Museum of the Manchester Regiment
The Men Behind the Medals

William Bertram

William Bertram : Photograph of William in Tameside Local Studies and Archives Centre.  Reference: MR3/17/87

Photograph of William in Tameside Local Studies and Archives Centre. Reference: MR3/17/87

William Bertram : (L to R) Egypt Medal; Khedive's Star; Queen's South Africa Medal with clasps 'Cape Colony', 'Orange Free State', 'Transvaal'

(L to R) Egypt Medal; Khedive's Star; Queen's South Africa Medal with clasps 'Cape Colony', 'Orange Free State', 'Transvaal'

William was born on the 11th December 1859 in Edinburgh, Scotland. He was named after his father and his mother was Adelaide Mary. Adelaide's father was John Batman, who founded the city of Melbourne in Australia. William had at least one brother, Allan Lockhart, and one sister, Eliza V.

His father had served as an officer in the 72nd and the 77th Regiments of Foot (later the Seaforth Highlanders and The Duke of Cambridge's Own (Middlesex Regiment)), but by the time William was born he had retired to Kersewell House in Lanarkshire. He was a farmer and landowner, as well as serving as an officer in the 55th Lanarkshire Rifle Volunteer Corps.

William seems to have been inspired by his father, as he was commissioned as a Lieutenant in the 2nd Royal Lanarkshire Militia on the 20th January 1877. He wanted to serve in the Regular Army though, and he applied in January 1878. He was told that because of his Militia service he would not have to take any more examinations to be accepted. William reported to the Royal Military College at Sandhurst in Berkshire on the 1st May. He was 6 feet tall and spoke fluent French.

William was commissioned into the 96th Regiment of Foot on the 5th September 1878 and joined them in Chester during November. He served in Manchester and Aldershot with his regiment until the 11th March 1881 when they were sent to Malta. On the 1st July the 96th Regiment was renamed the 2nd Battalion of the Manchester Regiment. In August 1882 William went to war in Egypt.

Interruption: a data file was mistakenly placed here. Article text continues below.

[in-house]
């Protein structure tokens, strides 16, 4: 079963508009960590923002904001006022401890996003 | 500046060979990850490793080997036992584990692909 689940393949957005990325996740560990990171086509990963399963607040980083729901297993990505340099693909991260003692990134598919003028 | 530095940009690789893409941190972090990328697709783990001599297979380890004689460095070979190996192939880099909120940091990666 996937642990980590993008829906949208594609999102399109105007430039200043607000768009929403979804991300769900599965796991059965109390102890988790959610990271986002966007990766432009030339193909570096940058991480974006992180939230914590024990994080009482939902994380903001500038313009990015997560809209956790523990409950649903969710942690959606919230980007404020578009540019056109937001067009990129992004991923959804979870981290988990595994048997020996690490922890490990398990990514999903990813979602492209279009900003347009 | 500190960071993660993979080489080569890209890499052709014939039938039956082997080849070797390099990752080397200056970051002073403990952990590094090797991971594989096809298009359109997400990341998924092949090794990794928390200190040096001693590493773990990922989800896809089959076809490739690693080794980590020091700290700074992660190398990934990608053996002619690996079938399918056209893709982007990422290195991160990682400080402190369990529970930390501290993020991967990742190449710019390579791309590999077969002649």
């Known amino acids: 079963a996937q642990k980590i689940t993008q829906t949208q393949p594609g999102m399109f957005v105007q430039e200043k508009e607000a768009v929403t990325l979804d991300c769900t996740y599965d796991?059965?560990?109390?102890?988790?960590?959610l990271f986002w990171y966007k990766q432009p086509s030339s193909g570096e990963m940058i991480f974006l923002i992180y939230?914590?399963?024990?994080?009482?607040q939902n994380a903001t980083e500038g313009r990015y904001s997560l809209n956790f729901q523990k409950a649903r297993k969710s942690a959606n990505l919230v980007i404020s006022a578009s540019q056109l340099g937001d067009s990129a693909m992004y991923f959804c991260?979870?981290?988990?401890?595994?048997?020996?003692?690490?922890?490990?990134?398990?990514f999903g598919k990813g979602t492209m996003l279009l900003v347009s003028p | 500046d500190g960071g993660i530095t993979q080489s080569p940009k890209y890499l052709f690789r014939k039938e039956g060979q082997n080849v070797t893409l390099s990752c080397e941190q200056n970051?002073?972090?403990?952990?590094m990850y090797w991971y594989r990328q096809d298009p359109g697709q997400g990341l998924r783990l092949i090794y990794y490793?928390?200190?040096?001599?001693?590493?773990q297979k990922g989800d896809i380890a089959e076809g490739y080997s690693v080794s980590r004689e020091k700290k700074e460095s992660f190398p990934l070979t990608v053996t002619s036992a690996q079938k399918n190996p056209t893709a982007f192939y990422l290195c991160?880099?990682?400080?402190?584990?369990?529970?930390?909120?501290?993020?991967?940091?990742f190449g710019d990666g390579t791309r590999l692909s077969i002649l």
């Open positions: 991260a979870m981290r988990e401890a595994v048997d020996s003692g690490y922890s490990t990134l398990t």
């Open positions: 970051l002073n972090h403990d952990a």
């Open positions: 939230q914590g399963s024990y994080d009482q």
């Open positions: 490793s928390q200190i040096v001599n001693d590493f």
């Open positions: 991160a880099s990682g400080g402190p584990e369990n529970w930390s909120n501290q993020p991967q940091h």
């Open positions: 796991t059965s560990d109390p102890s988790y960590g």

The Anglo-Egyptian War had broken out in June after the pro-British Khedive was deposed. Britain wanted to protect its commercial investments in Egypt, as well as the Suez Canal, which gave access to India.

The 2nd Battalion sailed to Alexandria aboard HMS Euphrates, and arrived on the 17th August. William did not serve with them during the war; he was attached to a Mounted Infantry Company based in Alexandria. The war ended in September with the British restoring the Khedive to power, but having much more control over the country. William left Egypt on the 13th October for Multan in what is now Pakistan, again aboard HMS Euphrates.

William stayed with the 2nd Battalion until he returned to the UK in February 1885. We don't know much about what he did during his time there, but we know the 2nd Battalion also served in Bengal.

After he returned to the UK we believe William was assigned to the 1st Battalion of the Manchester Regiment at Shorncliffe in Kent. We don't know what jobs he held during this period.

On the 14th January 1888 William married Ethel Angell Towse at St Stephen's Church in Kensington, London. We believe they made their home in or near Edinburgh, as their son William Robert was born there on the 4th January 1889. Their daughter Grizzele Ethel was also born in Edinburgh on the 17th September 1890. They had one more child, Ian A. in 1898. Ethel's brother was Sir Ernest Beachcroft Beckwith Towse, who won the Victoria Cross in 1899 during the Boer War.

William was promoted to Captain in early 1888 and appointed Adjutant in the 5th Volunteer Battalion of The Cameronians (Scottish Rifles) on the 2nd July. This unit was based in Airdrie, Lanarkshire.